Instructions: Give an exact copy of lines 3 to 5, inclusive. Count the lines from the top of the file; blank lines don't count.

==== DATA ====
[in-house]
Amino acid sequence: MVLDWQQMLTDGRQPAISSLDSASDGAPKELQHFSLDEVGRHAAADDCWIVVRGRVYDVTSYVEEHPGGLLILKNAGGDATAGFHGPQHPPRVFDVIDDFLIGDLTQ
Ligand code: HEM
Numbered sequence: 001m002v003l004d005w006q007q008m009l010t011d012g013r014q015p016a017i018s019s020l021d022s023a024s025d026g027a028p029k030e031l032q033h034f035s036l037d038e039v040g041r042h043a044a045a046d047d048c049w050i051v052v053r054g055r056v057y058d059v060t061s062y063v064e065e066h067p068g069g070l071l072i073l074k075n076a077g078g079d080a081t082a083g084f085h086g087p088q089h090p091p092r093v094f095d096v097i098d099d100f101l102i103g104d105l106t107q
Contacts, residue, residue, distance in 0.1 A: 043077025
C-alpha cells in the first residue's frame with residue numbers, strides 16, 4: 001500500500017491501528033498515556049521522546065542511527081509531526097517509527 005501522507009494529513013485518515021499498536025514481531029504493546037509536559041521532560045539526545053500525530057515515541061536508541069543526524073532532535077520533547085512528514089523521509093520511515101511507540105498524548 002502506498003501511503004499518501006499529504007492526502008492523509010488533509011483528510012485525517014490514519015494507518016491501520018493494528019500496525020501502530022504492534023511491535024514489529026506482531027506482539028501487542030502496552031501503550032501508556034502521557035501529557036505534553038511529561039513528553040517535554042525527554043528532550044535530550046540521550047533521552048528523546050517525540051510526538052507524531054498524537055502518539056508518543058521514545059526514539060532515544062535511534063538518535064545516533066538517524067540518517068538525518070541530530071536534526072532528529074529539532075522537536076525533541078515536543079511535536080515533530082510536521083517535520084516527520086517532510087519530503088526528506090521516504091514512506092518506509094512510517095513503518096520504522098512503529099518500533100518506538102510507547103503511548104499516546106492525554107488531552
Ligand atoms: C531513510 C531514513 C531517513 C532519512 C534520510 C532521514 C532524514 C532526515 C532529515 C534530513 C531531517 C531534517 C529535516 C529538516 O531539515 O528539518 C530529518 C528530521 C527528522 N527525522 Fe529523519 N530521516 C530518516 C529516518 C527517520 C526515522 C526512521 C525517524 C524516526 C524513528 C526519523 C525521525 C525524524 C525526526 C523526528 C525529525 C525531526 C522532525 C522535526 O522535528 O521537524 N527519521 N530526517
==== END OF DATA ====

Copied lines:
Ligand code: HEM
Numbered sequence: 001m002v003l004d005w006q007q008m009l010t011d012g013r014q015p016a017i018s019s020l021d022s023a024s025d026g027a028p029k030e031l032q033h034f035s036l037d038e039v040g041r042h043a044a045a046d047d048c049w050i051v052v053r054g055r056v057y058d059v060t061s062y063v064e065e066h067p068g069g070l071l072i073l074k075n076a077g078g079d080a081t082a083g084f085h086g087p088q089h090p091p092r093v094f095d096v097i098d099d100f101l102i103g104d105l106t107q
Contacts, residue, residue, distance in 0.1 A: 043077025